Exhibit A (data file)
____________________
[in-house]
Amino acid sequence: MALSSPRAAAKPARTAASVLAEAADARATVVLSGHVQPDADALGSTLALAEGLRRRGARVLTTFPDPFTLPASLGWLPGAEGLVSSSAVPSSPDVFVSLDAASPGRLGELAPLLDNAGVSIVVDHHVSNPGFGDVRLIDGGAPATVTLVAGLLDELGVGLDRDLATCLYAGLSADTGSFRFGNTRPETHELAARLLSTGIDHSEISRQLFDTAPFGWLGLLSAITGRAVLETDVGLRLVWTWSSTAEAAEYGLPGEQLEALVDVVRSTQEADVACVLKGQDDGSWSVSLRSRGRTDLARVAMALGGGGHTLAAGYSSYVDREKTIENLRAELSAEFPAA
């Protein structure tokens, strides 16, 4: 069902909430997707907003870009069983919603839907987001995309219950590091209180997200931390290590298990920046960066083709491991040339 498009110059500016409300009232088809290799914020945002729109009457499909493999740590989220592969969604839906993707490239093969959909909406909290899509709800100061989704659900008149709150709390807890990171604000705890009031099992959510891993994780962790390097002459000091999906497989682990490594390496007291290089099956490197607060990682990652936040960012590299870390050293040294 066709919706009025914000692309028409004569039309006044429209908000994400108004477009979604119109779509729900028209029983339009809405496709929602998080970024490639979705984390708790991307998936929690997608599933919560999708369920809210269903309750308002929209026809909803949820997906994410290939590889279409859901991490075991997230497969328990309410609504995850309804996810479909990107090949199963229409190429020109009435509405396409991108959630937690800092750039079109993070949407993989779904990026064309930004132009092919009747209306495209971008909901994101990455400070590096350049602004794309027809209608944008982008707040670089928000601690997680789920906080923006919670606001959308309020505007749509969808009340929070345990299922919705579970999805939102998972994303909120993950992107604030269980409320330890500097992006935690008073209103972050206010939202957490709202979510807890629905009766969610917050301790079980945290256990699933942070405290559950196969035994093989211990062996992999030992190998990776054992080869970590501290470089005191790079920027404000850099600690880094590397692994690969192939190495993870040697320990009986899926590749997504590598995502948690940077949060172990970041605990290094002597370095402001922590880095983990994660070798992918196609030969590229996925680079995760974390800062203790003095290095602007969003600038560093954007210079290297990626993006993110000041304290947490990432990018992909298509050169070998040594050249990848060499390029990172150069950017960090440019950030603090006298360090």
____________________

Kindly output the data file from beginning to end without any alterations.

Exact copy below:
[in-house]
Amino acid sequence: MALSSPRAAAKPARTAASVLAEAADARATVVLSGHVQPDADALGSTLALAEGLRRRGARVLTTFPDPFTLPASLGWLPGAEGLVSSSAVPSSPDVFVSLDAASPGRLGELAPLLDNAGVSIVVDHHVSNPGFGDVRLIDGGAPATVTLVAGLLDELGVGLDRDLATCLYAGLSADTGSFRFGNTRPETHELAARLLSTGIDHSEISRQLFDTAPFGWLGLLSAITGRAVLETDVGLRLVWTWSSTAEAAEYGLPGEQLEALVDVVRSTQEADVACVLKGQDDGSWSVSLRSRGRTDLARVAMALGGGGHTLAAGYSSYVDREKTIENLRAELSAEFPAA
């Protein structure tokens, strides 16, 4: 069902909430997707907003870009069983919603839907987001995309219950590091209180997200931390290590298990920046960066083709491991040339 498009110059500016409300009232088809290799914020945002729109009457499909493999740590989220592969969604839906993707490239093969959909909406909290899509709800100061989704659900008149709150709390807890990171604000705890009031099992959510891993994780962790390097002459000091999906497989682990490594390496007291290089099956490197607060990682990652936040960012590299870390050293040294 066709919706009025914000692309028409004569039309006044429209908000994400108004477009979604119109779509729900028209029983339009809405496709929602998080970024490639979705984390708790991307998936929690997608599933919560999708369920809210269903309750308002929209026809909803949820997906994410290939590889279409859901991490075991997230497969328990309410609504995850309804996810479909990107090949199963229409190429020109009435509405396409991108959630937690800092750039079109993070949407993989779904990026064309930004132009092919009747209306495209971008909901994101990455400070590096350049602004794309027809209608944008982008707040670089928000601690997680789920906080923006919670606001959308309020505007749509969808009340929070345990299922919705579970999805939102998972994303909120993950992107604030269980409320330890500097992006935690008073209103972050206010939202957490709202979510807890629905009766969610917050301790079980945290256990699933942070405290559950196969035994093989211990062996992999030992190998990776054992080869970590501290470089005191790079920027404000850099600690880094590397692994690969192939190495993870040697320990009986899926590749997504590598995502948690940077949060172990970041605990290094002597370095402001922590880095983990994660070798992918196609030969590229996925680079995760974390800062203790003095290095602007969003600038560093954007210079290297990626993006993110000041304290947490990432990018992909298509050169070998040594050249990848060499390029990172150069950017960090440019950030603090006298360090």